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🥊 The biggest fight of Boo Boo Andrade’s career

David Benavidez, left, will defend his Interim WBC super middleweight title against Providence's Boo Boo Andrade, right, when the two meet as the headline match on Showtime Boxing Saturday night.Associated Press

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You can easily skip Patriots/Giants on Sunday afternoon, which gives you the perfect excuse to stay up late on Saturday to watch Providence’s own Demetrius “Boo Boo” Andrade in the biggest fight of his career as he headlines Showtime Boxing on pay-per-view.


Andrade, 32-0, takes on David Benavidez, 26-0, in Las Vegas. The undercard for the fight begins at 8 p.m. on the East Coast, so Lord knows when the main event will begin.

I wouldn’t pretend to know anything about boxing beyond what I read in the news, so I asked Michael Parente, the broadcast voice of Rhode Island-based CES Boxing and CES MMA, to help break down Andrade’s big fight.

Q: Let’s set the stage here. We have two undefeated boxers who are fighting in the most high-profile bout of either of their careers. What would a win do for Andrade?

Parente: This is an opportunity for Andrade to spoil the potential Benavidez-Canelo Alvarez superfight that’s been on the table since March, and perhaps carve his own path to the elusive showdown with Canelo that he’s been chasing most of his career. If Benavidez wins, he’s the mandatory challenger for Canelo’s IBF, WBO, WBA, and WBC super-middleweight titles, and the WBC has already gone as far as to pitch dates for this fight in 2024 at their most recent annual convention.


This is by far the biggest fight of Andrade’s career, and it’s unlikely at his age (35) that he’ll get another opportunity like this if he loses. And while beating Benavidez also makes him only the 56th male fighter in the sport’s history to become a world champion in three different weight classes, the real prize is catching Canelo – Andrade has wanted this fight forever and Canelo has always found a way to avoid it, both at 154 and 160 pounds. There’s no guarantee Andrade gets the fight even if he beats Benavidez, but there’s almost no chance it happens if he comes up short next Saturday.

Q: It seems Andrade has been in a place for the past few years where he can’t seem to secure a marquee match against the best-known boxers in the world – until now. Why is that?

Parente: Andrade has gone as far as to show up at other fighters’ press conferences to challenge them on the spot and has been vehemently denied – and avoided – from 154 to 168 pounds. Even Tyson Fury has referred to him as “the most avoided man in all of boxing today .” There are a few reasons why. First, he’s really, really good. He’s a slick, speedy southpaw with a super-sharp jab and the ability to switch from southpaw to orthodox at any point. He’s also difficult to look good against, meaning that even if you beat him, it’s going to be ugly and possibly work against you.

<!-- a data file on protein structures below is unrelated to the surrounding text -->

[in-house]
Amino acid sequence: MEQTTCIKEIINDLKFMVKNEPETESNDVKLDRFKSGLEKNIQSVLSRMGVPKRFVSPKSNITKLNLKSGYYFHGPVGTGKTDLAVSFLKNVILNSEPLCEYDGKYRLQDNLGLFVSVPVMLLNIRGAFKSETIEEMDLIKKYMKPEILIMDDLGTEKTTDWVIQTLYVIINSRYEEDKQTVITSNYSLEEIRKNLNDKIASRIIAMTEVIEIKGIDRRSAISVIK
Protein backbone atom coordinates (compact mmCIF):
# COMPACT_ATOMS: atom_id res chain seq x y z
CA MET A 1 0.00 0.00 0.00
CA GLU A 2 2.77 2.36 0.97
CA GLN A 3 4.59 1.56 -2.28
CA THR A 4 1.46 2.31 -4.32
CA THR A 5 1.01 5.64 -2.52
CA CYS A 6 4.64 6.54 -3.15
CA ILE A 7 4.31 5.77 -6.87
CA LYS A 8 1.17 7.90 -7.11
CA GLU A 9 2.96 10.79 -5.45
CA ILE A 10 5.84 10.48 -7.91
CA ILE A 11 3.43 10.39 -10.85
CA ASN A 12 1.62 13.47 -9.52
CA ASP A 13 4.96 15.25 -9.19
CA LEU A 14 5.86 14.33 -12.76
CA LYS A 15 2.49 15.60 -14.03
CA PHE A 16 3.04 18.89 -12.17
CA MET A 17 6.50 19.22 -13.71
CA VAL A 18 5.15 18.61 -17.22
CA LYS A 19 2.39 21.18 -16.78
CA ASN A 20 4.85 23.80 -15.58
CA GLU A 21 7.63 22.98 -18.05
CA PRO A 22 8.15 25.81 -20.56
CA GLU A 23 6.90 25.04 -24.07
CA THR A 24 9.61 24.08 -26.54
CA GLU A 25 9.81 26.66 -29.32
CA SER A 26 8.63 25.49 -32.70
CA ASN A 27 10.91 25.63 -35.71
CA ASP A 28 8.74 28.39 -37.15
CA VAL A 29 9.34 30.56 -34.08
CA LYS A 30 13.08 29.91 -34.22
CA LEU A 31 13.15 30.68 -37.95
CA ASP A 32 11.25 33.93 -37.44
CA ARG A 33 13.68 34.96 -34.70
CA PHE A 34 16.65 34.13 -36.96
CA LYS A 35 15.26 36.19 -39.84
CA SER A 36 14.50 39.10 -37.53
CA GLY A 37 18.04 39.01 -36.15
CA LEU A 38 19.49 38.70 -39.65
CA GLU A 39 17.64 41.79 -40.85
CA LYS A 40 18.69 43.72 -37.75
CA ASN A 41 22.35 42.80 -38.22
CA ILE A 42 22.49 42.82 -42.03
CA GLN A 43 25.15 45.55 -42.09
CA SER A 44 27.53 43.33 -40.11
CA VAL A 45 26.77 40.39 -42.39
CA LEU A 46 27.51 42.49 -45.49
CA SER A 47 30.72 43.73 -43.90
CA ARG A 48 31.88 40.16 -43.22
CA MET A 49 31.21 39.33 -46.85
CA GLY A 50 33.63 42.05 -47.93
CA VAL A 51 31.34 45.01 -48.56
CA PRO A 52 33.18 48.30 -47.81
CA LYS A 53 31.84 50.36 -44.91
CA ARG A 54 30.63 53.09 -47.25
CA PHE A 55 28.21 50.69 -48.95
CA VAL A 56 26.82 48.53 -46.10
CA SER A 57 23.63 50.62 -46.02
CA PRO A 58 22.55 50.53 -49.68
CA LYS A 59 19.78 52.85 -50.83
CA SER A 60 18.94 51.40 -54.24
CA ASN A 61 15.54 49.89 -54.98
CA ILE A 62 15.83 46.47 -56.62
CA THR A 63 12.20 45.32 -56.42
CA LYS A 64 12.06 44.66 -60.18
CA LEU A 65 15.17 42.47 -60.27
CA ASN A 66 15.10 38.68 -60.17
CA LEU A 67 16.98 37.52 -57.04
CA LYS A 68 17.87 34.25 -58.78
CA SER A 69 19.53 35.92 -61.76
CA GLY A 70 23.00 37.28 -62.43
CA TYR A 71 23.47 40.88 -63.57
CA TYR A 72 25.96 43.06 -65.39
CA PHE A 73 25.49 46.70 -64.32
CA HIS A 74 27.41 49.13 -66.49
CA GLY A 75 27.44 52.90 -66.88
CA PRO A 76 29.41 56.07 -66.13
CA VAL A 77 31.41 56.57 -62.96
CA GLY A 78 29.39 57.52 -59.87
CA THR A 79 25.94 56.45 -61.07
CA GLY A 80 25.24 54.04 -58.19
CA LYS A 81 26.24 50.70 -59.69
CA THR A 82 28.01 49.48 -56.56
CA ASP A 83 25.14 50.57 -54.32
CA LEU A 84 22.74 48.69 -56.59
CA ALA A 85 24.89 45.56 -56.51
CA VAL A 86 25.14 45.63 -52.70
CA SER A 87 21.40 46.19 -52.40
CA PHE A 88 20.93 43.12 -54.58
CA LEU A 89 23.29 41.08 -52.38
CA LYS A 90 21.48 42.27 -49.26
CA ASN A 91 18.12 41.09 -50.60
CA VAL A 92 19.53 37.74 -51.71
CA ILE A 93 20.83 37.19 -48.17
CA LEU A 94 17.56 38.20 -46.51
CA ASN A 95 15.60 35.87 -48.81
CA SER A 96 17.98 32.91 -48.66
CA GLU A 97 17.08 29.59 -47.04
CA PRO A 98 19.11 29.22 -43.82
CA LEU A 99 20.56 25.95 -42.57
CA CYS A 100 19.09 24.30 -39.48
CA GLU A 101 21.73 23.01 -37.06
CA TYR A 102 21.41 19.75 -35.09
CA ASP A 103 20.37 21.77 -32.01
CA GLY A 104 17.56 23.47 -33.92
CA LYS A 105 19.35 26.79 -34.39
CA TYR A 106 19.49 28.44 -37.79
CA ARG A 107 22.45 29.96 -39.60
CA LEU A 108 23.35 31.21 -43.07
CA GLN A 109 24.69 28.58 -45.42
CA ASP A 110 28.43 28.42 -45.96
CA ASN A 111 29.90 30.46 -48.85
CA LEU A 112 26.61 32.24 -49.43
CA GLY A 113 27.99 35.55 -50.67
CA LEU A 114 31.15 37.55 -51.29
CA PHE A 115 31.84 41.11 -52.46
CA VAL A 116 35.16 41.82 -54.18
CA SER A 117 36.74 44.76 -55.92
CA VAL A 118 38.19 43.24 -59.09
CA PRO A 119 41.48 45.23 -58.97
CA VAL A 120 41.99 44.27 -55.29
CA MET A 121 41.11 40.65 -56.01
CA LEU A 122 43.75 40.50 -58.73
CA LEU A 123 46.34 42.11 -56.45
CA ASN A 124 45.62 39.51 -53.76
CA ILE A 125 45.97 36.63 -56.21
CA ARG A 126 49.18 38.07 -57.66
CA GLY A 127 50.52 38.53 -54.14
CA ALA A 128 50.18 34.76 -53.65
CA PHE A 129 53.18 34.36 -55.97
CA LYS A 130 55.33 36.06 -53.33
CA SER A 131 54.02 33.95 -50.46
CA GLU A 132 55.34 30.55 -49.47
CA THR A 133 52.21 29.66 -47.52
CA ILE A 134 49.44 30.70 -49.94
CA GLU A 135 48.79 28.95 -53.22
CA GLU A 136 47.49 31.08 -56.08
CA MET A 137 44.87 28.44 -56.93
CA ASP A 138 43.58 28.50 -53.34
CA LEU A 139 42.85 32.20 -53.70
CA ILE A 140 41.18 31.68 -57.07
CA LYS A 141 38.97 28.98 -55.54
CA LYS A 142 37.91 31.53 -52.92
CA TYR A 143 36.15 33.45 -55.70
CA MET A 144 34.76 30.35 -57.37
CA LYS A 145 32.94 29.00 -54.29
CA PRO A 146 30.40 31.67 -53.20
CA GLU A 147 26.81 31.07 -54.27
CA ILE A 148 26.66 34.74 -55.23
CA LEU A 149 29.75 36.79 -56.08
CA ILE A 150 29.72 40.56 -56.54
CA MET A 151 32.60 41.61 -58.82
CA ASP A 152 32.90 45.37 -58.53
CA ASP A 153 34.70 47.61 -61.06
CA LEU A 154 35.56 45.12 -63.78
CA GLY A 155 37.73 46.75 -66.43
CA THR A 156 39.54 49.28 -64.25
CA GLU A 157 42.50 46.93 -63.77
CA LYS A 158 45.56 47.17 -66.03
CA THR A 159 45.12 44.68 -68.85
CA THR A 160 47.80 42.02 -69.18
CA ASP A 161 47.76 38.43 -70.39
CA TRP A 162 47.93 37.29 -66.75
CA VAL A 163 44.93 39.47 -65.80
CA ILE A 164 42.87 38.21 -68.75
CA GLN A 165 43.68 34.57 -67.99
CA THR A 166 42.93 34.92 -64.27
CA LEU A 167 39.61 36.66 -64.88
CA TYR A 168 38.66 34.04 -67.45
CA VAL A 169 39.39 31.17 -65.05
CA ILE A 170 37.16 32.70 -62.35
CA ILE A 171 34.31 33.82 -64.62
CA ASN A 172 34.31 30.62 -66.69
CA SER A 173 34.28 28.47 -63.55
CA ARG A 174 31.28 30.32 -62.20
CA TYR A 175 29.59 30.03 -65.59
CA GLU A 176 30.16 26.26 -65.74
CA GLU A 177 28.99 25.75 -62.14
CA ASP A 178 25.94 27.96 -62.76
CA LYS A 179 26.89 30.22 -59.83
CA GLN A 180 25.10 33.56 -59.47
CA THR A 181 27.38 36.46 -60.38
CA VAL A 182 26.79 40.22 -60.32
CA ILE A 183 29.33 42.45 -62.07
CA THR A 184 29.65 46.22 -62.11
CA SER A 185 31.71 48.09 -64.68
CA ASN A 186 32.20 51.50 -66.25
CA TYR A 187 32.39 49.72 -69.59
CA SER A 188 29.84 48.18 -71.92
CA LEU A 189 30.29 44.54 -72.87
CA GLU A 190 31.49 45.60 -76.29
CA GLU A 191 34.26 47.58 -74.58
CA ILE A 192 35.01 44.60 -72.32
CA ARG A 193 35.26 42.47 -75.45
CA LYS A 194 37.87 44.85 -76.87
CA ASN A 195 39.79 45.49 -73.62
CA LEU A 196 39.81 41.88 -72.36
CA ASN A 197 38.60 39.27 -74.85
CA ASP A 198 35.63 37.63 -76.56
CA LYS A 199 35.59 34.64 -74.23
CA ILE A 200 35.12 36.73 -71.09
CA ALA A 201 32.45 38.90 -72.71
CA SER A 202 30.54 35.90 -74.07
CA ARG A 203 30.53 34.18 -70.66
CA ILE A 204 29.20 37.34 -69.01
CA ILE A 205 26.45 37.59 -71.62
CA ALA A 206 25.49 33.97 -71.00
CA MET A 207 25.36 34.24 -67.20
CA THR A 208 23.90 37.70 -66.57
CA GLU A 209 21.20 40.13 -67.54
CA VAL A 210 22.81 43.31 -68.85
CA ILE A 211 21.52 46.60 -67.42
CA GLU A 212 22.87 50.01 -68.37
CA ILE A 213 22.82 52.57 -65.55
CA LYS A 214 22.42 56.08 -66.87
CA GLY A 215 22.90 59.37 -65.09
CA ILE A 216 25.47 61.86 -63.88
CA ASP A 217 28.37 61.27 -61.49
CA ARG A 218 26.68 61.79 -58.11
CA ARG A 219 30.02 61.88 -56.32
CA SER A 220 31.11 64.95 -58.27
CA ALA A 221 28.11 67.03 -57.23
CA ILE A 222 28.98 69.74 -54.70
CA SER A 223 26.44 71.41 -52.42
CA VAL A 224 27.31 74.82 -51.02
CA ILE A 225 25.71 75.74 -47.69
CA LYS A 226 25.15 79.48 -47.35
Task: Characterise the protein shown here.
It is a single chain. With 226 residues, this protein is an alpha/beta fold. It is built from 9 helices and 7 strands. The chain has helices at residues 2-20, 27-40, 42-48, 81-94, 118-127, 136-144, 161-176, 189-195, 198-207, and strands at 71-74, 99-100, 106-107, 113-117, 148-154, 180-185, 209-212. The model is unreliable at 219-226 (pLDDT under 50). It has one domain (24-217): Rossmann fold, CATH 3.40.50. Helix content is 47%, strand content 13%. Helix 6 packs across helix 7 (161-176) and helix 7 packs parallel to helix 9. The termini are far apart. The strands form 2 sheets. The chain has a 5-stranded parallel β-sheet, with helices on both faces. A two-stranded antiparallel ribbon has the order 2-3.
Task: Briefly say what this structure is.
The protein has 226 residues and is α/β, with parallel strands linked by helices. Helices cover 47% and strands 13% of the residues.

And for whatever reason – perhaps the lack of knockouts, which casual fans consider “boring,” or not being backed by one of the more recognizable worldwide promoters until he signed with Eddie Hearn in 2018 – Andrade has never been a big enough draw financially for the sport’s top fighters to risk a loss for less than what they think they’re worth.

Q: It’s worth pointing out that Benavidez is considered a fairly significant favorite in this fight, which is the first time in recent years Andrade has been considered an underdog. What does Andrade need to do to win?

Parente: Benavidez is the bigger, stronger fighter of the two and a natural 168-pounder. Andrade began his professional career as a 154-pounder and, like many fighters, has moved up in weight through the years both for better opportunities and because of the toll that cutting weight takes on your body at an older age. Andrade can’t afford to get drawn into a “phone booth” fight and box Benavidez at close range. Not only does Benavidez have a slight height advantage, he’s won 23 of his 27 fights by knockout, compared to only 19 knockouts in 32 pro fights for Andrade.

Boo Boo needs to keep the fight at a distance, work off his jab, and be the better counterpuncher – all easier said than done against a fighter of Benavidez’s caliber. I do think the later the fight goes, the better Andrade’s chances are. Benavidez has only gone the distance three times in the last six years.


Q: Make a prediction for us: Who wins this fight?

Parente: My heart says Andrade, whom I’ve had the pleasure of working with through the years when he showcased his talent early in his career on two fight cards for CES Boxing – and whom I consider a friend – but my gut tells me Benavidez pulls this out in a narrow, tougher-than-expected war.

Q: Win or lose, where does Andrade rank among the best fighters to come out of Rhode Island historically?

Parente: Rhode Island is still Vinny Paz territory, and rightfully so, but if we’re talking pure, God-given talent and skill, I can’t envision a scenario where Andrade is anywhere below No. 2 on anyone’s list – if not No. 1.

This story first appeared in Rhode Map, our free newsletter that also contains links to other important Rhode Island stories, information about local events, and more. If you’d like to receive it via email Monday through Friday, you can sign up here.

Dan McGowan can be reached at dan.mcgowan@globe.com. Follow him @danmcgowan.